Technology has long had a history of a lack of diversity and inclusion. 76 percent of jobs in the technology space are held by men, but yet and still, only 5 percent of jobs in the space are held by blacks and Latinos. Women of color shockingly make up less than 3 percent of the space.

Though I know the numbers, write the numbers and evaluate the numbers, it didn’t change the feelings that I felt when I found out I was the only woman of color presenting at a Google Dev Fest in Minneapolis, Minnesota — out of 60 plus speakers that were chosen and accepted.

This year will be my second year presenting on diversity and leadership in technology (the irony). As excited as I was to have my presentation accepted once again, I forgot about the harsh reality that was waiting for me right on the other side of happiness and anticipation.

When the organizers of the Google Dev Fest finally released the official list, I was so thrilled to see myself that I quickly screenshot everything (like all millennials do), posted it on all my social media channels and reminded everyone to tune in. That same night, I went back to the Dev Fest website just to see who else I would be presenting alongside, and that’s when my reality kicked in. My stomach dropped.  

Out of 60 plus speakers that were accepted to present at the Google Dev Fest, I was the ONLY woman of color.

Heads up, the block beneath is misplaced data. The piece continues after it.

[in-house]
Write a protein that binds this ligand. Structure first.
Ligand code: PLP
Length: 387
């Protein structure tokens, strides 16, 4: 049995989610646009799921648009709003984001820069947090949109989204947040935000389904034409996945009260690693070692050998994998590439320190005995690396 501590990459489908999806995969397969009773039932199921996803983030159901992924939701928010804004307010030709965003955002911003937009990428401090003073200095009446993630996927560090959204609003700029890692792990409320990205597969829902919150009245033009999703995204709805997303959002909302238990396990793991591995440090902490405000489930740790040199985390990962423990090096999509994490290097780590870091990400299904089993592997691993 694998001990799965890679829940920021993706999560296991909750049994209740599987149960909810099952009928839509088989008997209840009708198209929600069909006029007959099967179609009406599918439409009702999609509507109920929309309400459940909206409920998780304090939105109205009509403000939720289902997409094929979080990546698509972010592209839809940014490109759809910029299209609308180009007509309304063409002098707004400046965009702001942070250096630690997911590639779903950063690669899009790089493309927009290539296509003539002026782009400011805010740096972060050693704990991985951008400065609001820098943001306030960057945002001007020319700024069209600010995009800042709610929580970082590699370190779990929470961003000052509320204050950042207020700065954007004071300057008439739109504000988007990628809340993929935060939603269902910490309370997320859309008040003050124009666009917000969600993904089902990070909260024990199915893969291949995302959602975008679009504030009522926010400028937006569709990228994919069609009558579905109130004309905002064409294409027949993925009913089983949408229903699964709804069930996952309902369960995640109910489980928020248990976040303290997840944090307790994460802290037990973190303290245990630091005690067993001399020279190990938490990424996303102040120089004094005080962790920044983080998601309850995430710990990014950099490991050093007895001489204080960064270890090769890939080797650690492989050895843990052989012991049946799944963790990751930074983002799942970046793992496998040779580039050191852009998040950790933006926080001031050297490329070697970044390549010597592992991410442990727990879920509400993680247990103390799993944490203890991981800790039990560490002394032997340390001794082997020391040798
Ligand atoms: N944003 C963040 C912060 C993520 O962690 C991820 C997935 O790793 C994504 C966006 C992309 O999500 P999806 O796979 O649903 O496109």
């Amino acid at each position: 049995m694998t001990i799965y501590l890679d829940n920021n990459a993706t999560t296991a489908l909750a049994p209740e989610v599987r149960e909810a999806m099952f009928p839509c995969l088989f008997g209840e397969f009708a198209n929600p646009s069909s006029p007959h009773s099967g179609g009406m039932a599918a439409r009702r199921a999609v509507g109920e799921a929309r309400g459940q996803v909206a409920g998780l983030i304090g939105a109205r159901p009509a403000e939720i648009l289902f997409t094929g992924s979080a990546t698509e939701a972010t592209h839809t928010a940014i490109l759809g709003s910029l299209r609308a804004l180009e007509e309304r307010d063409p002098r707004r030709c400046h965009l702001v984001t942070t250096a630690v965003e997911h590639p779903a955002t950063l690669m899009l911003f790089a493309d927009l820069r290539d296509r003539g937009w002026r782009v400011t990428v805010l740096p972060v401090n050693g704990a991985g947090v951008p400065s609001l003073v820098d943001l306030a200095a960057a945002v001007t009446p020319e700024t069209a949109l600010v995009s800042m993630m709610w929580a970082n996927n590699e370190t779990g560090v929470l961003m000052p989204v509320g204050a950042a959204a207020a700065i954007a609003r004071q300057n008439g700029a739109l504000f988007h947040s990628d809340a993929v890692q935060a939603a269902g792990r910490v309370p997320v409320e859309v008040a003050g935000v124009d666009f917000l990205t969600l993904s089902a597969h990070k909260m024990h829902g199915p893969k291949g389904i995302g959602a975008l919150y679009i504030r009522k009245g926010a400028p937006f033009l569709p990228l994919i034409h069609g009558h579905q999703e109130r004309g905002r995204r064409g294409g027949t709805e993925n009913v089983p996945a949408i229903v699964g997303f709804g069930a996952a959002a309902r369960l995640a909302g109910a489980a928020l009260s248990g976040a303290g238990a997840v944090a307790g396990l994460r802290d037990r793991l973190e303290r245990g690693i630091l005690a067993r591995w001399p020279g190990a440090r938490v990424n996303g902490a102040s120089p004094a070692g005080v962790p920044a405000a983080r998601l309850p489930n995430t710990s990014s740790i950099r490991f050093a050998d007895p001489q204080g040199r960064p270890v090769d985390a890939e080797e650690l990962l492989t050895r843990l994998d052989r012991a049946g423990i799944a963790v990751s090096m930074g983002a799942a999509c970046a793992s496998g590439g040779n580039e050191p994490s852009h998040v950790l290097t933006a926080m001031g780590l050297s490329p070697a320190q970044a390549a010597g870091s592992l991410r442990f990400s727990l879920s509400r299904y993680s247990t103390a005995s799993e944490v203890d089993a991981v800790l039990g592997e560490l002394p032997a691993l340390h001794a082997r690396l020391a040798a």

"The only woman of color is me? I was the only one selected? Why?"

It broke my heart and made me extremely uncomfortable because I knew there were so many talented developers and technologists outside of myself in the twin cities that should be on this platform. Why were they not aware of this opportunity? Was it negligence? Was it simply overlooked? Was it a lack of partnership in the black community? I immediately wanted to know.

Deep down in my heart I believed, "Well shoot, I’m only at the beginning of my career so if I’m as good as it gets, then I don’t deserve it." There are so many other women of color, much better suited, to be on the stage with me.

The revelation kept me up that night. Few people really understood the way I felt about the selection, because most people of color think of being “the only one” as a badge of honor. But I’m not about that and that’s not who I am.

I scrolled the list again and again and then when I woke up one morning, I sent one of my trusted friends, who sits on the board, an email about allowing me to sit on the board next year. I want to be part of the selection process so that this didn't happen again and we can move forward in building stronger partnerships in the black community.

This is why it’s so important for diversity and inclusion to be a part of every single aspect of any organization. Every single person you hire must understand the importance and be willing to make the effort to build a diverse organization.

We can’t create change if we don’t change ourselves, step up and step out, promoting people of color into leadership positions and giving them power to make decisions. As hard as it is for me to stomach, I understand that I can afford to sit out of the conference and speak up. I have to be an advocate for those coming behind me, and for those who have come before me and didn’t get the same opportunities. This is a mission I am committed to for the rest of my life.